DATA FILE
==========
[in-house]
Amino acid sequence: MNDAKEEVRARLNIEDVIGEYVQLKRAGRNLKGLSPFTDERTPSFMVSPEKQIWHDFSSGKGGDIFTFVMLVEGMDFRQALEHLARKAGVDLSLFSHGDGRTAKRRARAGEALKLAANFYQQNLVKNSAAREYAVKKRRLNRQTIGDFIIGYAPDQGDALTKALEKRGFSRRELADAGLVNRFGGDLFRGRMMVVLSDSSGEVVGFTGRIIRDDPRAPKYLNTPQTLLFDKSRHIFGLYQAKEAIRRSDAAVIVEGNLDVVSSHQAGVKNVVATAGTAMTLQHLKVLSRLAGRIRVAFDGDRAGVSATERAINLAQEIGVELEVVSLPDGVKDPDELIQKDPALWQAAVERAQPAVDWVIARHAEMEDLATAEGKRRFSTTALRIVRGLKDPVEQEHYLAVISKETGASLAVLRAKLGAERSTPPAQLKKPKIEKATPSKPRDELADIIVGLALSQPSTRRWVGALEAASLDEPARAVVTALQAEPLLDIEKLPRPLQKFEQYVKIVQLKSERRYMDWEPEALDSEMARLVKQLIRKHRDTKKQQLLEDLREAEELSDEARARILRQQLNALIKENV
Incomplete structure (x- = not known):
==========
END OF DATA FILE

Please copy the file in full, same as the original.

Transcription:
[in-house]
Amino acid sequence: MNDAKEEVRARLNIEDVIGEYVQLKRAGRNLKGLSPFTDERTPSFMVSPEKQIWHDFSSGKGGDIFTFVMLVEGMDFRQALEHLARKAGVDLSLFSHGDGRTAKRRARAGEALKLAANFYQQNLVKNSAAREYAVKKRRLNRQTIGDFIIGYAPDQGDALTKALEKRGFSRRELADAGLVNRFGGDLFRGRMMVVLSDSSGEVVGFTGRIIRDDPRAPKYLNTPQTLLFDKSRHIFGLYQAKEAIRRSDAAVIVEGNLDVVSSHQAGVKNVVATAGTAMTLQHLKVLSRLAGRIRVAFDGDRAGVSATERAINLAQEIGVELEVVSLPDGVKDPDELIQKDPALWQAAVERAQPAVDWVIARHAEMEDLATAEGKRRFSTTALRIVRGLKDPVEQEHYLAVISKETGASLAVLRAKLGAERSTPPAQLKKPKIEKATPSKPRDELADIIVGLALSQPSTRRWVGALEAASLDEPARAVVTALQAEPLLDIEKLPRPLQKFEQYVKIVQLKSERRYMDWEPEALDSEMARLVKQLIRKHRDTKKQQLLEDLREAEELSDEARARILRQQLNALIKENV
Incomplete structure (x- = not known):